SAN DIEGO – Leaders in the City of San Diego are one step closer to adopting a new ordinance that would strengthen renter protections in America’s Finest City. It would also offer more compensation for no-fault evictions.

San Diego City Council voted 8 to 1 following hours of debates at City Hall last month in favor of new tenant protections. It updates a 19-year-old policy, which is critical to keep people in their rental units to try to prevent homelessness.

According to the City, evictions are currently at a five-year high, something city leaders believe directly correlates to the rise in homelessness. In 2019, the state did work to address the matter statewide with AB 1482, which strengthens eviction protections for the state, but the bill does not apply to San Diego “…because of a provision that limits its applicability to jurisdictions without just-cause ordinances.”

“For 2 1/2 years, city of San Diego tenants have had the least amount of protection in the entire state, so what this does is lift the floor,” said Gil Vera, the senior housing attorney with Legal Aid Society San Diego. “It will provide slightly greater protections than what was provided at the state level.”

Now, a new ordinance changes that, lifting San Diego beyond state standards by protecting renters from day one of their lease, offering financial assistance when a lease is cut short, and holding landlords accountable. It also entitles renters to two months’ rent relocation assistance or three months’ rent if you are a senior or a person with disabilities.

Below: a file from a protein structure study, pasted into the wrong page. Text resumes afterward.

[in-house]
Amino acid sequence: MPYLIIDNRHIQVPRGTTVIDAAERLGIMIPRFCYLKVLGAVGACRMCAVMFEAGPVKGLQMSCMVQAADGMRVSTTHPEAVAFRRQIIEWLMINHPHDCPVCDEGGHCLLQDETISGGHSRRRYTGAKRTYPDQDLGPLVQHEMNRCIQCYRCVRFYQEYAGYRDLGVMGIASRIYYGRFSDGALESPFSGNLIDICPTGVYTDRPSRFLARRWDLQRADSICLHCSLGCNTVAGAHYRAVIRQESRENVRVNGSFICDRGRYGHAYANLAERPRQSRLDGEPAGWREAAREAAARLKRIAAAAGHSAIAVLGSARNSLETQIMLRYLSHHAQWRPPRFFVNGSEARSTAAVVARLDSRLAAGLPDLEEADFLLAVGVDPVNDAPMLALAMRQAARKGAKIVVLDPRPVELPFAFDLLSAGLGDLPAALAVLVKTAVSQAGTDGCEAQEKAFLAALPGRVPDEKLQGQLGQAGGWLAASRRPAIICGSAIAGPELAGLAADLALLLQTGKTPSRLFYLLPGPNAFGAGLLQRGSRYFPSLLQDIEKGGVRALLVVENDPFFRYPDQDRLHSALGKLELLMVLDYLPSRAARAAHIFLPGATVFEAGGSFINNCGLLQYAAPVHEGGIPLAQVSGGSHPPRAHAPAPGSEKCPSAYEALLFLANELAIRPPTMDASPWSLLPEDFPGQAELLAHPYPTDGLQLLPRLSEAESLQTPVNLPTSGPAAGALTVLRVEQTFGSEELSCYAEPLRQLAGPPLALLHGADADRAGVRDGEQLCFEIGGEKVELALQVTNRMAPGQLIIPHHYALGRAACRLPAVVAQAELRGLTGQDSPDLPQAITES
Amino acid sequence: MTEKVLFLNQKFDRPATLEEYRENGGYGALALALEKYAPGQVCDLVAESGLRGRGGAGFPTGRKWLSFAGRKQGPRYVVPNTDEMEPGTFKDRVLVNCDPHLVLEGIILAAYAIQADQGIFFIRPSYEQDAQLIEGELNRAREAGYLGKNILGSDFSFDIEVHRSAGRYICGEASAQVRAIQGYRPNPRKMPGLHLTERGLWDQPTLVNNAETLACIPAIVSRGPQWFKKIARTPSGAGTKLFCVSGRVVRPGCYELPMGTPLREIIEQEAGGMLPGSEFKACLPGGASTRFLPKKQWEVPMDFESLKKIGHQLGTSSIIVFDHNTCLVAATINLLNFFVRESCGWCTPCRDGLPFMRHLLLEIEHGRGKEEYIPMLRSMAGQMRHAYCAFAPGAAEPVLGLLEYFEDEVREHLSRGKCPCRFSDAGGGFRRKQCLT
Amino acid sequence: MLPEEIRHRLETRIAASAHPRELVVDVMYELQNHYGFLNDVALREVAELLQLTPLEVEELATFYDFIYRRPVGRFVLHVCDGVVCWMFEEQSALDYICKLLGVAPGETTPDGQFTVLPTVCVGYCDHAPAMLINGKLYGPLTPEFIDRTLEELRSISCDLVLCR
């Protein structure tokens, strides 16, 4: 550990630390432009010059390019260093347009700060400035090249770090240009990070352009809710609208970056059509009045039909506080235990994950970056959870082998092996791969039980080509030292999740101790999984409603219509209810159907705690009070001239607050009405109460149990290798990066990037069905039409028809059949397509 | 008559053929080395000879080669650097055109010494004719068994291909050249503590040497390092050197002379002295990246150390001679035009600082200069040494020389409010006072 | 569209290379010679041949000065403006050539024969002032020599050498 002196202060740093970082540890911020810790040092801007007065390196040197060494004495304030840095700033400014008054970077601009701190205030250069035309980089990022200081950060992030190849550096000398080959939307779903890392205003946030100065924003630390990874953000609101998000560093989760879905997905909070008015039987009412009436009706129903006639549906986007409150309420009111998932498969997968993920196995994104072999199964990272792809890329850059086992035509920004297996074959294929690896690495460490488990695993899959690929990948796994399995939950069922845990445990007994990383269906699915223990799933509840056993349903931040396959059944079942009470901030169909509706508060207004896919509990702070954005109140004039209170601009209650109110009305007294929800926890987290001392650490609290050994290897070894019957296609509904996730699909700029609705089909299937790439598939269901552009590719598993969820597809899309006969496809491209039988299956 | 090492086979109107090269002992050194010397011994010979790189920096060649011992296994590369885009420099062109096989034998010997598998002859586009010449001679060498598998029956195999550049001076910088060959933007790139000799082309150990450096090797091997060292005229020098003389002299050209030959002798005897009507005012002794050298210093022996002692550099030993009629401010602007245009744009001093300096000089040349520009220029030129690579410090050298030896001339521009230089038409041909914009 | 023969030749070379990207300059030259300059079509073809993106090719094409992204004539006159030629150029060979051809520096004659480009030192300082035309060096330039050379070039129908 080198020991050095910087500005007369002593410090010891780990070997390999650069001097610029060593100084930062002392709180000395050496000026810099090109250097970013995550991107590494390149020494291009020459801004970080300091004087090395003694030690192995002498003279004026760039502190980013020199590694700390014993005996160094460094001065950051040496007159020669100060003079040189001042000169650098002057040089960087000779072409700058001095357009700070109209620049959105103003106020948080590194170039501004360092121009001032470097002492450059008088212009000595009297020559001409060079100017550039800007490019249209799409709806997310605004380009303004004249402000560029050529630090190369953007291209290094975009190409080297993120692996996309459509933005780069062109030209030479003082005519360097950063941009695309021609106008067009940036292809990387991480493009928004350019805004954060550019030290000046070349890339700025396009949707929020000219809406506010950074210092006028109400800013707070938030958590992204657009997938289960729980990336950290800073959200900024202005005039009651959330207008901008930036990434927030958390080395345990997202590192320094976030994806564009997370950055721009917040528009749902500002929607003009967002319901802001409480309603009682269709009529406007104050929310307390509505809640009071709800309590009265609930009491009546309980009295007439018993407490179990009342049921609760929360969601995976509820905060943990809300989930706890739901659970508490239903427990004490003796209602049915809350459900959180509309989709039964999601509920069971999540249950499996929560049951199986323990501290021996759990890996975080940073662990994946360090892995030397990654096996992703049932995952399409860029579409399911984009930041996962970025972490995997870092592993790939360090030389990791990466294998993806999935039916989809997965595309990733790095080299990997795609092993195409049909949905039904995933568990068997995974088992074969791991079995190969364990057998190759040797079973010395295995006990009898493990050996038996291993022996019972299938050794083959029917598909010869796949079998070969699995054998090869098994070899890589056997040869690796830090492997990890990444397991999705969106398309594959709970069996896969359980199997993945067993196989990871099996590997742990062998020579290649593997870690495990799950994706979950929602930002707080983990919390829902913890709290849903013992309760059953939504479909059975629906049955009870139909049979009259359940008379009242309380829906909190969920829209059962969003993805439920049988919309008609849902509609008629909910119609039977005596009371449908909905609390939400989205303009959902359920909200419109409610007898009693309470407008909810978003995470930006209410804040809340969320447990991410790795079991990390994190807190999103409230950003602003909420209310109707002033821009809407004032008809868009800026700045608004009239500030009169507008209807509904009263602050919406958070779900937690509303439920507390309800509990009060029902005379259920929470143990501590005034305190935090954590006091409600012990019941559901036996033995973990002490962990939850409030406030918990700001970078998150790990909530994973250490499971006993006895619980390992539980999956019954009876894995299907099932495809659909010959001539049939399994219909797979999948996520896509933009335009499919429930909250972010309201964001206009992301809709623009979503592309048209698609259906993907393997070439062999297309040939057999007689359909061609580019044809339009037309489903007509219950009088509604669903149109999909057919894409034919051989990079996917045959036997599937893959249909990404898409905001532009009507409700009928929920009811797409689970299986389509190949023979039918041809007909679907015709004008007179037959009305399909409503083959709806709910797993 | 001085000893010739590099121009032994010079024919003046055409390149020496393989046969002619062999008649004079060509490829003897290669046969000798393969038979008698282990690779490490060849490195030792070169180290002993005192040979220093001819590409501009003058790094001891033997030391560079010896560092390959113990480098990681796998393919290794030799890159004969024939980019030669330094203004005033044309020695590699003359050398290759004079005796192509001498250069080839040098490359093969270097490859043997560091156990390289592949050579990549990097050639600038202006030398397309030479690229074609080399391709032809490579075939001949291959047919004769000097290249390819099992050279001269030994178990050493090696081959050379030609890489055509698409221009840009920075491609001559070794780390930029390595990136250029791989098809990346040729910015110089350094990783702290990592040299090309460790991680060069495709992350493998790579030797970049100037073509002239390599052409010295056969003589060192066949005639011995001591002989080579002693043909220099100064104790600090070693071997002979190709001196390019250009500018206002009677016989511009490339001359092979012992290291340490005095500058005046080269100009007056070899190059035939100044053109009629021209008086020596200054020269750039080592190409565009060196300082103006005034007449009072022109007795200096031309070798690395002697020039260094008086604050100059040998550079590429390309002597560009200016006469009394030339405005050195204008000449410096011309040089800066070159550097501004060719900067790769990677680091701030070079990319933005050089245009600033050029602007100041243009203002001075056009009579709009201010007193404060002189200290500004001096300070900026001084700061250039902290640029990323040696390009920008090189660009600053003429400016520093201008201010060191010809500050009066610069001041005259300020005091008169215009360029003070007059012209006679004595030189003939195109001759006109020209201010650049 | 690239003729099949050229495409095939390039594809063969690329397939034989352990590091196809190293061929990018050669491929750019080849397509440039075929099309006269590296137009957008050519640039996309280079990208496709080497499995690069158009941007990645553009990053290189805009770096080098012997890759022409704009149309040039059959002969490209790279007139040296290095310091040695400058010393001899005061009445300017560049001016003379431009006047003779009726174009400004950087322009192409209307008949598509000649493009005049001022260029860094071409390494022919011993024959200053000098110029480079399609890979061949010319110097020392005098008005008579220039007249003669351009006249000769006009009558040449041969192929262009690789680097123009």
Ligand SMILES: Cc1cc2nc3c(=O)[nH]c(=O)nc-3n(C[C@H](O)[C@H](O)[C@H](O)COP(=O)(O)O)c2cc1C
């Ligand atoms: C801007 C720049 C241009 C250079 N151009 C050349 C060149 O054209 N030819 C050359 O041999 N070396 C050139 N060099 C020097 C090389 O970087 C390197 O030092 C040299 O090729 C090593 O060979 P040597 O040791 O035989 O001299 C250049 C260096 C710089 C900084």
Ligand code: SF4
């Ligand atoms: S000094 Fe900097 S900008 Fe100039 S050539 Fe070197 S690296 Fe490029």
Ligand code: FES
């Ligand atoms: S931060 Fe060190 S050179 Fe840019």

However, because proposals like relocation assistance go above California state law, others worry it may create newfound concern.

“I think we have to be mindful of unintended consequences. When we are requiring additional relocation assistance, that maybe disincentives some owners from keeping their rents below market and not taking the max rent increase each year, said Molly Kirkland, director of public affairs with Southern California Rental Housing Association.

One landlord at Tuesday’s second hearing before council called the move a nightmare, especially for mom-and-pop owners.

“The way you got this written is if I rent to somebody for one day, I owe them a place to stay for the rest of their lives. That’s just a little harsh, you can’t put that requirement on any other small business.”

Allyson Snow with the Housing Rights Project at University of San Diego says otherwise.

“It really is still protecting the interests of people who saw this as a way to retire, an investment in real estate to retire, but for those big corporate landlords who can absorb the hit and who have been the most egregious offenders without reason to do so in the past, that’s who this is going to impact,” Snow said.